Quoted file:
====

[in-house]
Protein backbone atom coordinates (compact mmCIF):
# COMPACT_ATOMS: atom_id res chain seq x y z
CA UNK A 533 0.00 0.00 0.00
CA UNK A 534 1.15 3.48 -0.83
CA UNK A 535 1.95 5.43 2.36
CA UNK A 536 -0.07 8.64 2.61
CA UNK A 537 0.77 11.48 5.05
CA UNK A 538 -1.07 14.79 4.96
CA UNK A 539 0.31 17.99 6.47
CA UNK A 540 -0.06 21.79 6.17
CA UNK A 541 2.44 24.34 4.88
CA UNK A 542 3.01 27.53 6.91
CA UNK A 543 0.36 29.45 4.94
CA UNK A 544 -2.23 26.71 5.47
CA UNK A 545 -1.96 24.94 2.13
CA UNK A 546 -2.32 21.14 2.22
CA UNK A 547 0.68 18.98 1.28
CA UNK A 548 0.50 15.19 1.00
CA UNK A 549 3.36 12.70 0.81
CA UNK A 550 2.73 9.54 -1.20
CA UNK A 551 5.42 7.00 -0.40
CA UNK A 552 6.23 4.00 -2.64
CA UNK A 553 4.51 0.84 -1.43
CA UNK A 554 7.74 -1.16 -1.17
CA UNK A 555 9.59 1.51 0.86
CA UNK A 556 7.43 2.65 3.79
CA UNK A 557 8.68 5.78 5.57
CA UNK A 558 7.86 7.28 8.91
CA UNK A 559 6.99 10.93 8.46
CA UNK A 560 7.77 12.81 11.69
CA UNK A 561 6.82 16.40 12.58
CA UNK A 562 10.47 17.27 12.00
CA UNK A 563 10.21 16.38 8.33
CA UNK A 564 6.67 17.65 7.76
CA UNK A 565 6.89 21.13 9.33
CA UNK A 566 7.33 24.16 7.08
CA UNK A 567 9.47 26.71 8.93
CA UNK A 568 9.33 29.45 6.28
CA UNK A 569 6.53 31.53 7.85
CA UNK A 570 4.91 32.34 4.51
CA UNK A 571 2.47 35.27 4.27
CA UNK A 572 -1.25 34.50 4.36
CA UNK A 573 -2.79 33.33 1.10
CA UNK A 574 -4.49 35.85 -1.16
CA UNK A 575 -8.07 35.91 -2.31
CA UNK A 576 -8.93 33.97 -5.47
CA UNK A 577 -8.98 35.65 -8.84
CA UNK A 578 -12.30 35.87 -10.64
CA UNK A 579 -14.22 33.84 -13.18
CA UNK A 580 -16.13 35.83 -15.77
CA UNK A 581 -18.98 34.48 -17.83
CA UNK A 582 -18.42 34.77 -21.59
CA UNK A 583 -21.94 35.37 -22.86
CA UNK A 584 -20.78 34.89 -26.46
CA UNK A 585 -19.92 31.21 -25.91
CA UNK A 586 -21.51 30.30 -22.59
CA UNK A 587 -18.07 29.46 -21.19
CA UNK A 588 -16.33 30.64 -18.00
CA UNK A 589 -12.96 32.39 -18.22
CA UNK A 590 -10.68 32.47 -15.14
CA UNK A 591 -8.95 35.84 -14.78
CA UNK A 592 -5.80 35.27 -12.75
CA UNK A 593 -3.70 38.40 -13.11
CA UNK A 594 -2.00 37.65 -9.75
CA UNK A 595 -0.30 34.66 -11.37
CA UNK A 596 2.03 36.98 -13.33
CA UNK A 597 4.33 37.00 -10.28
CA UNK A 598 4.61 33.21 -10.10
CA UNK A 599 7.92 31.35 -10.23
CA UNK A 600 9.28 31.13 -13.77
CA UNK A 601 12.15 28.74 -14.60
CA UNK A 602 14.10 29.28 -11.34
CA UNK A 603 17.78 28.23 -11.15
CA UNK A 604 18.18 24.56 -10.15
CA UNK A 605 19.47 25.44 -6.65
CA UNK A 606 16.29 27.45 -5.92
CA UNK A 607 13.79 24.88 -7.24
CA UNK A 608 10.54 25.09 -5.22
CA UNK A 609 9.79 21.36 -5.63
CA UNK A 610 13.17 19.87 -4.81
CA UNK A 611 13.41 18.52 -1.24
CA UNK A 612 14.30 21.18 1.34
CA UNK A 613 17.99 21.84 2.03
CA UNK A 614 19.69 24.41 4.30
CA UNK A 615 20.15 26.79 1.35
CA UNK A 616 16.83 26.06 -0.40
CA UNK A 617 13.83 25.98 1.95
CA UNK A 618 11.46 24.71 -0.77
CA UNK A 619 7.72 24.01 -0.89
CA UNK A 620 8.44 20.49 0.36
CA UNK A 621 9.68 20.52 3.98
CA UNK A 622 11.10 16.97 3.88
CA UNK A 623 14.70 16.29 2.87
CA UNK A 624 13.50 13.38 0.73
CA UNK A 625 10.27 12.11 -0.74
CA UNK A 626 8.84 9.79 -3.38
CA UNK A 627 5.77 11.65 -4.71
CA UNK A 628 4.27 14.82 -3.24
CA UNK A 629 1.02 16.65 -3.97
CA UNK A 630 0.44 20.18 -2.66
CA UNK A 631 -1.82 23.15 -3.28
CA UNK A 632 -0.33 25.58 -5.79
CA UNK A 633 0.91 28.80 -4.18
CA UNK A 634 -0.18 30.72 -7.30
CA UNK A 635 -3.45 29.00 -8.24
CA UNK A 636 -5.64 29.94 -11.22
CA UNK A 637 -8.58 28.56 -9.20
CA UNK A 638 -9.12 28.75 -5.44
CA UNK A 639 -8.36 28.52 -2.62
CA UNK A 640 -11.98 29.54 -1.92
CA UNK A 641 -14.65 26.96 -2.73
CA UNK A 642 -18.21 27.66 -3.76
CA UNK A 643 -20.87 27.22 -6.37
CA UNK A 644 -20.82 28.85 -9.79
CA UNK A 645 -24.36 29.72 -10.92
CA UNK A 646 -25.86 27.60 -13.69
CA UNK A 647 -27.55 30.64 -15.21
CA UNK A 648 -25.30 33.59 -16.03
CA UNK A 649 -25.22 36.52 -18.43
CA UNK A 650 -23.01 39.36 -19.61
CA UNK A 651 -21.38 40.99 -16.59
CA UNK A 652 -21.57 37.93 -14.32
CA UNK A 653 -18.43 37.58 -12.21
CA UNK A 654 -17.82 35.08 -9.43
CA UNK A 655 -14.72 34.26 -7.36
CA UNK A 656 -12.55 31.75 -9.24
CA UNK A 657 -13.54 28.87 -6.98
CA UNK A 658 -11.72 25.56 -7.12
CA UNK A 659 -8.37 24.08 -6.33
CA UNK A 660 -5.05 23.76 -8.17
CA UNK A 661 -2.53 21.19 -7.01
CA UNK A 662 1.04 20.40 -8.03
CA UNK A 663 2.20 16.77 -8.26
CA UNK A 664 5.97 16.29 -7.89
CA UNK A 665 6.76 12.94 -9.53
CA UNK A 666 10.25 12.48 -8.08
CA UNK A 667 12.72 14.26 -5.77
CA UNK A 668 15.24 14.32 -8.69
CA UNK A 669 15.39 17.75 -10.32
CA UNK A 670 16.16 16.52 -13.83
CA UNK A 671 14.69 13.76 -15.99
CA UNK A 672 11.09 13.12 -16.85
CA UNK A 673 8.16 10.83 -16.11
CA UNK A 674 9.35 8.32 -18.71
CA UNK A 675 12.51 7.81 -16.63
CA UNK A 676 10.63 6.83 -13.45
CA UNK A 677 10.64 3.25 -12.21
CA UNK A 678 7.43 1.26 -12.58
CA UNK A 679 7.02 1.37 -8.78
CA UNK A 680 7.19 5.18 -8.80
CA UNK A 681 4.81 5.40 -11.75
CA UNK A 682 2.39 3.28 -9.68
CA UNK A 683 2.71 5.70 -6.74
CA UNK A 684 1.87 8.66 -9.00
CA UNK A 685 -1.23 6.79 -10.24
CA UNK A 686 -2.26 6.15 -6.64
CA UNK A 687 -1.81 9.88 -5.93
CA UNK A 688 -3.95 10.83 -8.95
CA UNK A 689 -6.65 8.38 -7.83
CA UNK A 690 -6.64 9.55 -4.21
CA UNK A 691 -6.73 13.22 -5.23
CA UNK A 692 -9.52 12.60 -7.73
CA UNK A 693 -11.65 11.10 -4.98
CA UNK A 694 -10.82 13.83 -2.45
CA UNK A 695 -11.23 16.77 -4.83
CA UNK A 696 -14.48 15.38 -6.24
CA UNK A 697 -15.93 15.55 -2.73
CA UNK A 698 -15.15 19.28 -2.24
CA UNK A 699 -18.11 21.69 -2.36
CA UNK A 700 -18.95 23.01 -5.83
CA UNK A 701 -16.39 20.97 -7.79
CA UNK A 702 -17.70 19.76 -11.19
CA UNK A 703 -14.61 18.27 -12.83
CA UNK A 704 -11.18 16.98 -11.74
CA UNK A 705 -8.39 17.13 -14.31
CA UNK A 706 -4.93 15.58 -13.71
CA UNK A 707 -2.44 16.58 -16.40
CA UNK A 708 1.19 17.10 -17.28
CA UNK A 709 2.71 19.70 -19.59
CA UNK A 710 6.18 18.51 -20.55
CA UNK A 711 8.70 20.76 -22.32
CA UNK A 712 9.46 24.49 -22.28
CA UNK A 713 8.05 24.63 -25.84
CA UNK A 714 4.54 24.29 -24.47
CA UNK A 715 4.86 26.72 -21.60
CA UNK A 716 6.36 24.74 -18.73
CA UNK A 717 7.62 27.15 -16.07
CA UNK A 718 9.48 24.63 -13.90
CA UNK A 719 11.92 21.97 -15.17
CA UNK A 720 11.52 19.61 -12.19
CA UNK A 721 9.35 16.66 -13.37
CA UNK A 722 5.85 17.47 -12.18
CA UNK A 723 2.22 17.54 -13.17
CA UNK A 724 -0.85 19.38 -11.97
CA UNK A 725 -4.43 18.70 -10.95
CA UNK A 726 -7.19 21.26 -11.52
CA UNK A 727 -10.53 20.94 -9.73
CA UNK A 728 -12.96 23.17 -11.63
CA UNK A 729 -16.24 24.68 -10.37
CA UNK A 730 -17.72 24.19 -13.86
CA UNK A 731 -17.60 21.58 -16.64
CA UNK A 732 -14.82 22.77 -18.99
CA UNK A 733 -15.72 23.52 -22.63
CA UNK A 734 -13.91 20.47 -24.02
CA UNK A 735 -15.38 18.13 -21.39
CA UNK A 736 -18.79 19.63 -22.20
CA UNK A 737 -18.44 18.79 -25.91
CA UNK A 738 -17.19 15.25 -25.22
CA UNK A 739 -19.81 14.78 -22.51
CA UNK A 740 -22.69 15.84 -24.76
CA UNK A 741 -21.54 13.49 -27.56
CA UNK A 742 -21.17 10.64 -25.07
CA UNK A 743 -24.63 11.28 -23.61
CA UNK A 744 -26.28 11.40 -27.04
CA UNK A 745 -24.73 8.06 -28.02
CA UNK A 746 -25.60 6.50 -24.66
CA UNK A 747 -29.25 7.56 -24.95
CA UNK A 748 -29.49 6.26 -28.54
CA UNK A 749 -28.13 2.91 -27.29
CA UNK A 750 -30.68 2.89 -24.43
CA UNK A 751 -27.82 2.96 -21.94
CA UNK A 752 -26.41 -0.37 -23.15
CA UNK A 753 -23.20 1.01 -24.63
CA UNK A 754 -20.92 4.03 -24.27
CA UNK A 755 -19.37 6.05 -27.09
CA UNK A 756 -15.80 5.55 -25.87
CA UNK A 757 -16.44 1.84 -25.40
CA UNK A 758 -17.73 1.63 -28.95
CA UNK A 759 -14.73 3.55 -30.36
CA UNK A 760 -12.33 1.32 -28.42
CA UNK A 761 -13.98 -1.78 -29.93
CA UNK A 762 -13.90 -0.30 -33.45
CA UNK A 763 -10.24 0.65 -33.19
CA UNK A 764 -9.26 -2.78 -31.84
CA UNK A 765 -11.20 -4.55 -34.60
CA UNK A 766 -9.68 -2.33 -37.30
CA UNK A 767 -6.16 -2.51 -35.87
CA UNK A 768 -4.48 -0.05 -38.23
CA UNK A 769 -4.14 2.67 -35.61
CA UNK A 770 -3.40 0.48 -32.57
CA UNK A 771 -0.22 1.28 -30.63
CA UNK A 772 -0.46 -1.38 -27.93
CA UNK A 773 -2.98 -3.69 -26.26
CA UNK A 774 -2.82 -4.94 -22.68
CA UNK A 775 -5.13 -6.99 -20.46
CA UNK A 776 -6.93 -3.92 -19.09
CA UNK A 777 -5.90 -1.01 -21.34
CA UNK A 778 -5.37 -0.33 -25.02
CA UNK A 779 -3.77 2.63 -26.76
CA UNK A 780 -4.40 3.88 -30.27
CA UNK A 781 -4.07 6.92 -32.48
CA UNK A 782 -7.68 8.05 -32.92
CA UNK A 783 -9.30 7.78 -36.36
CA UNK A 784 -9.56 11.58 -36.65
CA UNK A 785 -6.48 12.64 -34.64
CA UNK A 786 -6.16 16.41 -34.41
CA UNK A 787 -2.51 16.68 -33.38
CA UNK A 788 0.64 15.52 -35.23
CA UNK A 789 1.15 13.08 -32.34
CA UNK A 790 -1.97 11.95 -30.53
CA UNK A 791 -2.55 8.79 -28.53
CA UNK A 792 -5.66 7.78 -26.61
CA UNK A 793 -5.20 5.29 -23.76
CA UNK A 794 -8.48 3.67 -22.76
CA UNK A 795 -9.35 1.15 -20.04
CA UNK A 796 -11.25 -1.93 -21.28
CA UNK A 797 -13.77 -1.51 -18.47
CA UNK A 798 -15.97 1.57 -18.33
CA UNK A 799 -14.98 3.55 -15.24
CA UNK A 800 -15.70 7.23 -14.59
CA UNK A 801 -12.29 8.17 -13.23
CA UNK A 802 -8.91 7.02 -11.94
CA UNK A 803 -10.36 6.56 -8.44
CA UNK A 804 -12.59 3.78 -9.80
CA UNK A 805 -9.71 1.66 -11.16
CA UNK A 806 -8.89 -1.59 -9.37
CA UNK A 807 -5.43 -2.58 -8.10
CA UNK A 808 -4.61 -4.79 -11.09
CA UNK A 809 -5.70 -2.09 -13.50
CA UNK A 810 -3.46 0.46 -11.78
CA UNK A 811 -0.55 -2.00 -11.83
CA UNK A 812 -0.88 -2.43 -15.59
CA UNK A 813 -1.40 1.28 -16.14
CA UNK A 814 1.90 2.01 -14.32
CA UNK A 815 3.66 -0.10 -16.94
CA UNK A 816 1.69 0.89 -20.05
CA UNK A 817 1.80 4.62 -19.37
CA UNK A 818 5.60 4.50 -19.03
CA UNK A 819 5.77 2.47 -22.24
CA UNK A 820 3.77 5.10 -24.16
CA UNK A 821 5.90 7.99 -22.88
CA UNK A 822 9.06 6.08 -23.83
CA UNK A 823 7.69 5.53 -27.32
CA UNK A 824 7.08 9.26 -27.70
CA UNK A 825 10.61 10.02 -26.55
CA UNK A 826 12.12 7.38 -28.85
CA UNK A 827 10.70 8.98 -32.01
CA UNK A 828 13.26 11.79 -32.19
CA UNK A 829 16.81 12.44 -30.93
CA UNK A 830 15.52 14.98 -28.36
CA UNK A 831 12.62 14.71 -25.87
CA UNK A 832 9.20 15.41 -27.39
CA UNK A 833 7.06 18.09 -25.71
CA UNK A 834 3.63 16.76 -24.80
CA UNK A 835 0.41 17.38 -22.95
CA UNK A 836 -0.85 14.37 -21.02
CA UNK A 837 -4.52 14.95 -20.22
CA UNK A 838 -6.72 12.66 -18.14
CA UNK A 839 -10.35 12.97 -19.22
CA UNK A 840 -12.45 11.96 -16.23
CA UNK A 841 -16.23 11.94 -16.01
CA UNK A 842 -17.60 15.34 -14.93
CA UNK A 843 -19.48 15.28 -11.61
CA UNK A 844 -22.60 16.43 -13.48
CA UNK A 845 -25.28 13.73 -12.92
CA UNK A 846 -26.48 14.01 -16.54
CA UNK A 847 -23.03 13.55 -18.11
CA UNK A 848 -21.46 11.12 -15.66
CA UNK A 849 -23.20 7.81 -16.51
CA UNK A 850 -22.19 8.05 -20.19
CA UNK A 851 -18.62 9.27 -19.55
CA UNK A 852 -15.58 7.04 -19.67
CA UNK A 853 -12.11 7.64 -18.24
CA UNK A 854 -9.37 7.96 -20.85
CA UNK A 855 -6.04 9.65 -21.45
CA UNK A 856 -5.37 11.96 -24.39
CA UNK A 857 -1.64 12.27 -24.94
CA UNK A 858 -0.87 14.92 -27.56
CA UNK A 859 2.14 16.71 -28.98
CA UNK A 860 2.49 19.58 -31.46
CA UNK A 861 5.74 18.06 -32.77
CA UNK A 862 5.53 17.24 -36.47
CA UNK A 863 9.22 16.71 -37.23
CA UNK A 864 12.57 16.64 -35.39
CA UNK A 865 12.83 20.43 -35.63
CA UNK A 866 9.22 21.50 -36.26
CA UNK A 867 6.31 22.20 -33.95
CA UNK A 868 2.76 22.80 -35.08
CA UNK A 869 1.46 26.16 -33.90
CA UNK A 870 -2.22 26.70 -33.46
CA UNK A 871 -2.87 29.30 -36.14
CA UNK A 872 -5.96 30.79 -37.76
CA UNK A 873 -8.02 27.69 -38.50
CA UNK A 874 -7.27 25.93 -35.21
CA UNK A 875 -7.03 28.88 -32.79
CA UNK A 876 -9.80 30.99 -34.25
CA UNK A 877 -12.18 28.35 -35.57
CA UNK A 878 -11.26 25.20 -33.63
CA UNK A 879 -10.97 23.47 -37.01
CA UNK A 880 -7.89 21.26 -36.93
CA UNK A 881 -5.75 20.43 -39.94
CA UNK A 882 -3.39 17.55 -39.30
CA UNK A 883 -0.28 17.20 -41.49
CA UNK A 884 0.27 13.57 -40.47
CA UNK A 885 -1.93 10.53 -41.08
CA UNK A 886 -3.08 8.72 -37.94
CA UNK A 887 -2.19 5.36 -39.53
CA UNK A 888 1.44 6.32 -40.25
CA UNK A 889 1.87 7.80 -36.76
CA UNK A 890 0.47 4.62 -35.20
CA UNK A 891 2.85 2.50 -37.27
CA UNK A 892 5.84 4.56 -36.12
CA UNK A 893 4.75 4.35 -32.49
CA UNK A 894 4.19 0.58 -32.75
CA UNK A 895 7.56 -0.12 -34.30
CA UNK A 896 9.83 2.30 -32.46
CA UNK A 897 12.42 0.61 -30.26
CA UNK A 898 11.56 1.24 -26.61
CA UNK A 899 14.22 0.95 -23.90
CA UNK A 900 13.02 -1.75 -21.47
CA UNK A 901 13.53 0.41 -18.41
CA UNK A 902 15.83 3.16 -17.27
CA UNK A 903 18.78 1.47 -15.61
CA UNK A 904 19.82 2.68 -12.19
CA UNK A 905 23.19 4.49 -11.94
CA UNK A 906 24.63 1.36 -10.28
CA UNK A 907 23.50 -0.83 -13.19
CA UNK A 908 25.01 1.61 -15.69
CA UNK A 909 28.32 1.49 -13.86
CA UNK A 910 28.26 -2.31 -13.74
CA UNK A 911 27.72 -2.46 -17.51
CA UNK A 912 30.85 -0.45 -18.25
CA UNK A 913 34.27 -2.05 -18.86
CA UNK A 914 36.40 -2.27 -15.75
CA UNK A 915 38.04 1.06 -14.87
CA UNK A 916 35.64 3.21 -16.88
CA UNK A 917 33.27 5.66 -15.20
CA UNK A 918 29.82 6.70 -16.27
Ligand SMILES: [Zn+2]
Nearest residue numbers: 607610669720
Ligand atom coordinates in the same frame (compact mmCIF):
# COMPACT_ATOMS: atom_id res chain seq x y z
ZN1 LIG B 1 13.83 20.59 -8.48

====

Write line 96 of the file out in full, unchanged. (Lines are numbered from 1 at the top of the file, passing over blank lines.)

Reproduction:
CA UNK A 625 10.27 12.11 -0.74